How to reverse a string in JavaScript

Reversing a string means changing the order of characters in a string so that the last character becomes the first, the second-to-last becomes the second, and so on. Essentially, the process involves flipping the string from end to start.

JavaScript doesn’t have a built-in method specifically for reversing strings like some other languages do. However, JavaScript does provide a reverse() method, but it is designed for arrays, not strings.

The reason for this is that strings in JavaScript are immutable, meaning their values cannot be changed after creation. The absence of a dedicated reverse method for strings is due to this immutability.

You can achieve string reversal using following techniques:

Using array methods

One of the simplest ways is to use the built-in methods of the String and Array objects. You take a string, splits it into a list of characters, reverses the list, and then joins the characters back into a string to form the reversed version of the original string.

const str = "Hello, world!";
const reversed_str = str.split("").reverse().join("");
console.log(reversed_str); // "!dlrow ,olleH"

Instead of using split() method, you can transform the string into an array of characters using the spread operator. Then reverse() and join() like above:

const str = "Hello, world!";
const reversed_str = [...str].reverse().join("");
console.log(reversed_str); // "!dlrow ,olleH"

In general, using array methods tends to be a solid and widely accepted practice for reversing strings in JavaScript.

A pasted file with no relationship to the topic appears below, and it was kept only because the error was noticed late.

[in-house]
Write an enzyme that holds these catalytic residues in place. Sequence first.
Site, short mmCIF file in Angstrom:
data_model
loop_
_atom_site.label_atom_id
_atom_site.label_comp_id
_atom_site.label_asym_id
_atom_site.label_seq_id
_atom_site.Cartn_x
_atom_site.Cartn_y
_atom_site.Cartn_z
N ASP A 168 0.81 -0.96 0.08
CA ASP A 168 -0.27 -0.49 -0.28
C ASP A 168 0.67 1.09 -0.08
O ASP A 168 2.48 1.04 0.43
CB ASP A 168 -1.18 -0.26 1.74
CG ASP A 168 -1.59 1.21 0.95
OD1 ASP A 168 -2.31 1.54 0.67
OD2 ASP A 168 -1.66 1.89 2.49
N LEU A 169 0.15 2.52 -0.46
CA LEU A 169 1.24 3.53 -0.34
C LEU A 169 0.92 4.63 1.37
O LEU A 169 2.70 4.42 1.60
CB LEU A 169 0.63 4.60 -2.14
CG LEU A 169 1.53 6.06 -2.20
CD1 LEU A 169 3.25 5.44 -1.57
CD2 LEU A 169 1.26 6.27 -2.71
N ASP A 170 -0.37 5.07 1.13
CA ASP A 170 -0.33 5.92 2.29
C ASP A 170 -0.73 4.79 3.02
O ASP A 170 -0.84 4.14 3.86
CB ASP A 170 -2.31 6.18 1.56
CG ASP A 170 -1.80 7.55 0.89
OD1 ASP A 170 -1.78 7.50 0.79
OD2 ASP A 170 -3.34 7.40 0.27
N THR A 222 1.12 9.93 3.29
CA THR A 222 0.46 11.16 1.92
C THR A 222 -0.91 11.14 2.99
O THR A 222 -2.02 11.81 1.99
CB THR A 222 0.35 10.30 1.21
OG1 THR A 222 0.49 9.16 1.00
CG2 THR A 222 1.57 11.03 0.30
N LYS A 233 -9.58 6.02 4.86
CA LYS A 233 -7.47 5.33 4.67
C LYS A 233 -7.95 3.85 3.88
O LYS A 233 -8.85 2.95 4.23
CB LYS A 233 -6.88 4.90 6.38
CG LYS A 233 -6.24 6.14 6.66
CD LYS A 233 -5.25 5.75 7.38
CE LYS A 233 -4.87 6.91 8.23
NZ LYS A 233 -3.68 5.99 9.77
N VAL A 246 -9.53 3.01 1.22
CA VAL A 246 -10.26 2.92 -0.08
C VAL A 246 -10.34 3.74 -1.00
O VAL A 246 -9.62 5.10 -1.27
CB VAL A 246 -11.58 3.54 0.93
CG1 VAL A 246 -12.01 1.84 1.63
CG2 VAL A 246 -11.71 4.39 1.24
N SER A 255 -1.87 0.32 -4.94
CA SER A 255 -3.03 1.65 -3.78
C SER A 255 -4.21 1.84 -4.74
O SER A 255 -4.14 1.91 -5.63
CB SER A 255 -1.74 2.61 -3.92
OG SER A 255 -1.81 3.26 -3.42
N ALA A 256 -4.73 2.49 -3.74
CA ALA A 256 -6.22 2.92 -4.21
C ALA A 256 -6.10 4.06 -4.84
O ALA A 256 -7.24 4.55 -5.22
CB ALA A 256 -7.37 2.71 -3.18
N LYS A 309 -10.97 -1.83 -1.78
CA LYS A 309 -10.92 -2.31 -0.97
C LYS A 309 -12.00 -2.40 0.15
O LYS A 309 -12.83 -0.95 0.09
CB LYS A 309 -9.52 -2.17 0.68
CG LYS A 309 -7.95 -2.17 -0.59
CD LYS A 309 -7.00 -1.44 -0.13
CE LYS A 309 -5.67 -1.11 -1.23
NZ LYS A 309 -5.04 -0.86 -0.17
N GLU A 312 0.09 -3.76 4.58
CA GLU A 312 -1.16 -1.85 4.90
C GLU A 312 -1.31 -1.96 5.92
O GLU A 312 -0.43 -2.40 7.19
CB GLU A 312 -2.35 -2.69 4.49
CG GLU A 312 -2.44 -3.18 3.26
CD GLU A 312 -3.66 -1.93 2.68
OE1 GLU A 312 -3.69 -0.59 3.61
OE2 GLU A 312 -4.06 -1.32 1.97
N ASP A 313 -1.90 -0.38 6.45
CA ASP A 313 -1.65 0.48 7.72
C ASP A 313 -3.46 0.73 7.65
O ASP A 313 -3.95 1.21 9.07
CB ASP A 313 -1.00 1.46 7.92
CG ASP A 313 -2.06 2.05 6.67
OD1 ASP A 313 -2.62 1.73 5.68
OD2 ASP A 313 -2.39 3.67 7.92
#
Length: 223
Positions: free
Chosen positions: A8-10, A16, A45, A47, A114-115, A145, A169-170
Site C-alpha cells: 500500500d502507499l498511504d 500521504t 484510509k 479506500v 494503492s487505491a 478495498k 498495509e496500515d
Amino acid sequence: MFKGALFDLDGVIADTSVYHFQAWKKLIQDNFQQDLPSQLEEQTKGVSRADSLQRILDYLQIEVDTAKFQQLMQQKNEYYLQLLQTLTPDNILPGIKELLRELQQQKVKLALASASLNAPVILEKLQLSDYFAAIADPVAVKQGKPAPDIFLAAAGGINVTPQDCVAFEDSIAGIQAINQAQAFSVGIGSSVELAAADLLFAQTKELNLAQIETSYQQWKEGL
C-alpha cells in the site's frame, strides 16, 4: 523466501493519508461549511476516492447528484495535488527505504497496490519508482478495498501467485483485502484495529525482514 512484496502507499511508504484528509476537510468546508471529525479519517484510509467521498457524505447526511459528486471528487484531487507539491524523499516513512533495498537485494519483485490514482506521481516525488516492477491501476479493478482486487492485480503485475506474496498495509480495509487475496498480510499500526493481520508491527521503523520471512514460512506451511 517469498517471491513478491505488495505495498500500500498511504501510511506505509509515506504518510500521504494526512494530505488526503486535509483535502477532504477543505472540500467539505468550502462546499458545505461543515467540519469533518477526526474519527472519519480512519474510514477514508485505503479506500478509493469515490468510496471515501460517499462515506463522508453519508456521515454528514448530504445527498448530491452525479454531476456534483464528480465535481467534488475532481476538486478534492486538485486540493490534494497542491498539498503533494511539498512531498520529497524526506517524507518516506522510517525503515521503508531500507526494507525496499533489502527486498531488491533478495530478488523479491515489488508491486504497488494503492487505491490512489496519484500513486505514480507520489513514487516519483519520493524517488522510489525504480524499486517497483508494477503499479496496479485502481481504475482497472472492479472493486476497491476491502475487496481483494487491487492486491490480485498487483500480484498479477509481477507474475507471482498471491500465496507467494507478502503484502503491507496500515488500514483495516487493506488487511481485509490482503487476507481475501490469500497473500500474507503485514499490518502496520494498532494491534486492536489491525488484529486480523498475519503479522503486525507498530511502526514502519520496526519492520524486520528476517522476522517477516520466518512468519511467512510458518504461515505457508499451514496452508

Using a for loop

The algorithm for reversing a string using a for loop involves iterating through the characters of the original string in reverse order and building a new string by appending each character.

const str = "Hello, world!";
let reversed_str = "";
for (let i = str.length - 1; i >= 0; i--) {
  reversed_str += str[i];
console.log(reversed_str); // "!dlrow ,olleH"

Using recursion

It works by breaking down the problem into smaller subproblems (reversing substrings) and then combining the solutions to those subproblems to form the final reversed string.

First you call the reverse function recursively with a substring of the original string, starting from the second character to the end. Then you take the first character of the original string and appends it to the end of the reversed substring returned by the recursive call.

function reverse(str) {
  if (str === "") return "";
  else return reverse(str.substr(1)) + str.charAt(0);

const str = "Hello, world!";
const reversed_str = reverse(str);
console.log(reversed_str); // "!dlrow ,olleH"

Using a string library

Voca (3.6k ⭐) is a JavaScript library designed for string manipulation. It provides a set of utility functions to simplify common string operations. It does include a method for reversing strings called reverse().

import v from 'voca'

let str = "Hello, world!";
let reversed_str = v.reverse(str);
console.log(reversed_str); // "!dlrow ,olleH"